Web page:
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The Collective Individual

On this blustery cold day in the Pacific Northwest, I sit, ready to contemplate education and learning.  Not just any type of education and learning, but the progressive nature of learning.  The collective individuality that encompasses progressive education is at the heart of learning and infuses the new ideas and experiences necessary to grow as an individual. 

     So, what do I mean about the collective individual?  Who is it?  What is it?  How is it accomplished?  Well, let us first back up and think of how we define learning of a person:  Usually it is either through a collectivity, team work environment or situation, or that of an individual, personalized and private work.  It is my assertion, that as educators, and learners, that we must stop trying to combat the collective vs. the individual, or group projects vs. individual assignments, but instead view education holistically, from a different angle. 

      In order to do this, we must, as educators we must stop compartmentalizing subjects and even more importantly, types of learning.  Often times, the progressive educator will look at different subject matters and say, “those types of things should be interdisciplinary and interconnected,” but sometimes, we fall and slip into the realm of singling and viewing under a microscopic one particular part of the way in which we learn. This could be a symptomatic problem, starting with Piaget, I don’t know, but it definitely does not seem to work constantly to bring subjects or thoughts together. 

      So, if we can view learning in a WHOLE approach, that encompasses any and all things, then we can begin to think of how we take the entire scope, or realm, of learning and use collectivism and individualism as a co-partnership in new ways to spark the mind, to innovative new theory or practice and to be creatively driven, firstly and foremost. 

      The individual must be recognized.  We are all different, we all have particular abilities, characteristics and we are all capable of learning that is unique unto ourselves.  The mere fact that I mentioned, “we and all” three times in describing the individual, speaks to the manner of how interconnected these two elements actually are.  There has to be a self-motivation that exists, one that drives the individual to learn for themselves and for the world.  This is needs to be an individual trait that is nurtured and given confidence by a support community, but that ultimately, must rely on the individual themselves.  There is a discipline and confidence that also must be understood by the individual, in believing in their own capabilities.  Finally, there needs to be a firm structure in place (not in a legalistic sense, but outworking support) that does not necessarily force, but surely, encourages the individual to individually think for themselves and to use their own critical senses and past experience to learn.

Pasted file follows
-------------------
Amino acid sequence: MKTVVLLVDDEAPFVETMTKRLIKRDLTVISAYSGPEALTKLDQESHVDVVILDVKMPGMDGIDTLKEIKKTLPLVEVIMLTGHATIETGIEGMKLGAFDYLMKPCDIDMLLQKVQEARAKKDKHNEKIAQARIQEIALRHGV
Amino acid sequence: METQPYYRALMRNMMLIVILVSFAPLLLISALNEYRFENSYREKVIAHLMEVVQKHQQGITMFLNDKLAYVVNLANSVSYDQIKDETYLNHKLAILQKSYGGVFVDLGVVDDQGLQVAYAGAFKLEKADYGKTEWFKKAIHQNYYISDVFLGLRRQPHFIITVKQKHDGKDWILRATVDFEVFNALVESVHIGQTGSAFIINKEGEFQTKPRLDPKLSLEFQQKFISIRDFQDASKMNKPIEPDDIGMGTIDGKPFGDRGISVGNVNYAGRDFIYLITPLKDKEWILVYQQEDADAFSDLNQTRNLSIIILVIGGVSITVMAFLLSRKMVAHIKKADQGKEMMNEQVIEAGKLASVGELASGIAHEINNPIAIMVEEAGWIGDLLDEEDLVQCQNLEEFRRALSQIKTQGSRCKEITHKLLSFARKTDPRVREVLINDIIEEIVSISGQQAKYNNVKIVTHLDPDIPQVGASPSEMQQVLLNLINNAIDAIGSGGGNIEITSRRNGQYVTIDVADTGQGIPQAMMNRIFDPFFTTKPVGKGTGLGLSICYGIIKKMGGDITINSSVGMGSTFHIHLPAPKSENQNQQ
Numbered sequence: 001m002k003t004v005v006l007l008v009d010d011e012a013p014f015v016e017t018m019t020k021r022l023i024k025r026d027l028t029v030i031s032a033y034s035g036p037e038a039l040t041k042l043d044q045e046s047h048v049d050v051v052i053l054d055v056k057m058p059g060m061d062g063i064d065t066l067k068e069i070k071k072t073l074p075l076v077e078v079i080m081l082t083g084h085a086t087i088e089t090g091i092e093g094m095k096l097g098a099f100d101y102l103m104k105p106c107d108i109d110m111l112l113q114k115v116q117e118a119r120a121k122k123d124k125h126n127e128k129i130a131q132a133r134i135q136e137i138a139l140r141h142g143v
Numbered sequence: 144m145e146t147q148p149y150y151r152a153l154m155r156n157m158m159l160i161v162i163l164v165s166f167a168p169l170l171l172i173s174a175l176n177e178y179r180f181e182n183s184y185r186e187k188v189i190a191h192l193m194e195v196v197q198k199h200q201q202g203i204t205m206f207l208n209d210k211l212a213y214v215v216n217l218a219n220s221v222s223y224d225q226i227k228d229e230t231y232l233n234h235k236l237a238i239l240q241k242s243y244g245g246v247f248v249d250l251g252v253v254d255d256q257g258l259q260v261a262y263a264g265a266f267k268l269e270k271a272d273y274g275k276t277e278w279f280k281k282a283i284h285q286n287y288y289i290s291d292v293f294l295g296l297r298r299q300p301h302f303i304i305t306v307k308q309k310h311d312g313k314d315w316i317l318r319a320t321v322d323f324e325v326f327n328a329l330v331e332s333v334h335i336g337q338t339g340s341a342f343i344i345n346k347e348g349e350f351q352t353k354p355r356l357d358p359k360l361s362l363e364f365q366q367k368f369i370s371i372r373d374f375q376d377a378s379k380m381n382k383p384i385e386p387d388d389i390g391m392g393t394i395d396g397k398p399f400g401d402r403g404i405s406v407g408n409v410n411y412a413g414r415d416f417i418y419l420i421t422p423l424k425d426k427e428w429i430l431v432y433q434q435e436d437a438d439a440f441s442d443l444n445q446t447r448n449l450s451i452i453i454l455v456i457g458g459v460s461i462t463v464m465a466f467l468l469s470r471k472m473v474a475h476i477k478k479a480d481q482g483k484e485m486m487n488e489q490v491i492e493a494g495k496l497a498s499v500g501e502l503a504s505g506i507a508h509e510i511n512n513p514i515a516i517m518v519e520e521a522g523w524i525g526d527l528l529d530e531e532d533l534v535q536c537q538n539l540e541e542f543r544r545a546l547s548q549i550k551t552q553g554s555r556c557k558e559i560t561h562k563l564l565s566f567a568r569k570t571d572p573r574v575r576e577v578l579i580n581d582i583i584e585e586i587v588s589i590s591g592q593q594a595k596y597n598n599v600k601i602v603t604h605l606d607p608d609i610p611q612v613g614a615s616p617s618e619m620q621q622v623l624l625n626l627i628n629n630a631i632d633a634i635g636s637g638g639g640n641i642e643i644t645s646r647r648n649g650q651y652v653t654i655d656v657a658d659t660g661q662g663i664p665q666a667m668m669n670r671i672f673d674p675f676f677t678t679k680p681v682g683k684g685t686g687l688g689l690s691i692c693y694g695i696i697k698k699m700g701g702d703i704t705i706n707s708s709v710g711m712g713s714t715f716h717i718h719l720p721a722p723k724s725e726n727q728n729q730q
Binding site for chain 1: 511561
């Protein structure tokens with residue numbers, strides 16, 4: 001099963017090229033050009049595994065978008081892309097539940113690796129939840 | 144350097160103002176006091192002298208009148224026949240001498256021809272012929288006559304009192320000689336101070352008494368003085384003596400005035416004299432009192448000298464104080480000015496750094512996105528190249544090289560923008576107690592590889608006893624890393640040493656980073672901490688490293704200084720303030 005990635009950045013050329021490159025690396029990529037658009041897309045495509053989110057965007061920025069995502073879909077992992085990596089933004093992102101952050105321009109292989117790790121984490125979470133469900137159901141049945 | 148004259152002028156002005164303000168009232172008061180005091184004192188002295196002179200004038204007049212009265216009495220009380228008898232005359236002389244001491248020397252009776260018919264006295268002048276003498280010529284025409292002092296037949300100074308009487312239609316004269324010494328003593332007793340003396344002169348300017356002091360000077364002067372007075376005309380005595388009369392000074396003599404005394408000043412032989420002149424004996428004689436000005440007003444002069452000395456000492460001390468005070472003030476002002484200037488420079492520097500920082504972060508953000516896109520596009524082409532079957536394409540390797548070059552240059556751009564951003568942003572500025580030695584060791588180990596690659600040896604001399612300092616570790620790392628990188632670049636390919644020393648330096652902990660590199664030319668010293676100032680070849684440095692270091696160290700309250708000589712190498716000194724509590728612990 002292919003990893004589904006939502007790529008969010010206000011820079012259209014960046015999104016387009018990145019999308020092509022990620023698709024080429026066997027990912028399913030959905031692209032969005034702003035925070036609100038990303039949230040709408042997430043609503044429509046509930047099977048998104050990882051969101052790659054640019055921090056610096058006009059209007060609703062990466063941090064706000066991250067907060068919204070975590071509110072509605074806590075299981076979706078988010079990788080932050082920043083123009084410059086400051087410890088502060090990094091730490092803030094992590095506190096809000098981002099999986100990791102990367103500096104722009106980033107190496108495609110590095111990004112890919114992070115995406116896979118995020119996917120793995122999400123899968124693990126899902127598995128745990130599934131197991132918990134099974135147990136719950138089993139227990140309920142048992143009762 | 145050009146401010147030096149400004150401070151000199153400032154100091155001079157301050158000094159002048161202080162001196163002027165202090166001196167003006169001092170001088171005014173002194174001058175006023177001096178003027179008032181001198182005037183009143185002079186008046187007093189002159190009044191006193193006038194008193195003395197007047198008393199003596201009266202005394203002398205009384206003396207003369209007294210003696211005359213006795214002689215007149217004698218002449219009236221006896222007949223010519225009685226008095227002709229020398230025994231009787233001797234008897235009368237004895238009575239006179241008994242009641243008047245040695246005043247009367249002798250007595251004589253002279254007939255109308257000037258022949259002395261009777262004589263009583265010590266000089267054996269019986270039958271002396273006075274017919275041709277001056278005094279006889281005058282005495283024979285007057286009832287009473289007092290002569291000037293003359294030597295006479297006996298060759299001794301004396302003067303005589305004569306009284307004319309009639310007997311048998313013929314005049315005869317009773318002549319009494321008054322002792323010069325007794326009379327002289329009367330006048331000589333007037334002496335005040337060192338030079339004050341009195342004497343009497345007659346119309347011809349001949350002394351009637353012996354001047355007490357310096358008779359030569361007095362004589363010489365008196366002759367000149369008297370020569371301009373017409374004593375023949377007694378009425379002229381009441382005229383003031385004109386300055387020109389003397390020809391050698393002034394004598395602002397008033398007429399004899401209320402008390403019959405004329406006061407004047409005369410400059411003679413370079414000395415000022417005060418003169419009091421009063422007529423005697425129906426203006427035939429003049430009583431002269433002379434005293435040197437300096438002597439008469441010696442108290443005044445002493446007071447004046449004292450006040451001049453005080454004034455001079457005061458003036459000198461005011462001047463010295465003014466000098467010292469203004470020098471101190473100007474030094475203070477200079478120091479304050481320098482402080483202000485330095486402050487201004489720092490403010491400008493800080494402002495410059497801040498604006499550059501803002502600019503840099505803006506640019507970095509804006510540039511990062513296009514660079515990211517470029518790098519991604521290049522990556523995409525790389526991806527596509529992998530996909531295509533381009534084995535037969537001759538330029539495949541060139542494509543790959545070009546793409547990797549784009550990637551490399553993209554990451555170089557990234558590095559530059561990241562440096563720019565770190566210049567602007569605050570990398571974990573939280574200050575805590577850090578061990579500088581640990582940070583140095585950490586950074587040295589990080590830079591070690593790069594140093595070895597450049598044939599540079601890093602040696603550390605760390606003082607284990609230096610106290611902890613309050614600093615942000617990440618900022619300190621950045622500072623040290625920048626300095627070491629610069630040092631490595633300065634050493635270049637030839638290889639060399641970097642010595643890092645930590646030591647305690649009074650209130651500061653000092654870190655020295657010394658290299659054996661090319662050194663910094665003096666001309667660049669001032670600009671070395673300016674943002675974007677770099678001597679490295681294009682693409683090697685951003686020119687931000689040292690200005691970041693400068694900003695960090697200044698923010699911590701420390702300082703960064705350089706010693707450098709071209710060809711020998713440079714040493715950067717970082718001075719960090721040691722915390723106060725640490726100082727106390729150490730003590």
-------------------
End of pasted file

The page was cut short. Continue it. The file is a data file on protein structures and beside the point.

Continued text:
On the same level, the collectivism must be emphasized.  It begins with the community and a sense of belonging.  Each individual must collectively come together and feel safe, encouraged and most importantly, collectively involved in any and all activities (if they so choose).  The collectivism extends beyond being in a safe, belonging environment, but also must foster a sense of self worth, creative and innovative posture, and must be underlined with a never ending sense of encouragement and responsibility by the group, to help an individual reach their goal.  A true sense of community must be at the center of this collectivism, relying on all the parts, working together, equally contributing and equally encouraged, to be apart of a place that is focused on learning, either one thing in particular or many things randomly.  The collectivism, is not necessarily completely about being one, mechanistic body or army, that follows one set of rules or actions, but rather, as a functionary net, underneath the tight rope of life, just in case you fall, or to give you encouragement to go on, even if everything does not seem right. 

   Let us create the collective individual, both in the progressive educational world and all learning worlds.  It must firmly be recognized and enacted, that both the individual be emphasized, with all of his or her, creative, personalized character and ideas, while being collectively guided, with an undertone and sense of community, compassion, and encouragement, constantly infectious by the equally democratic, equally motivated and equally needed individuals in the surrounding environment. 

   The collective individual learns through the lens of self exploration, group discussion and experiential moments, guided constantly through a world which is filled with a collective community that inspires that learning to happen.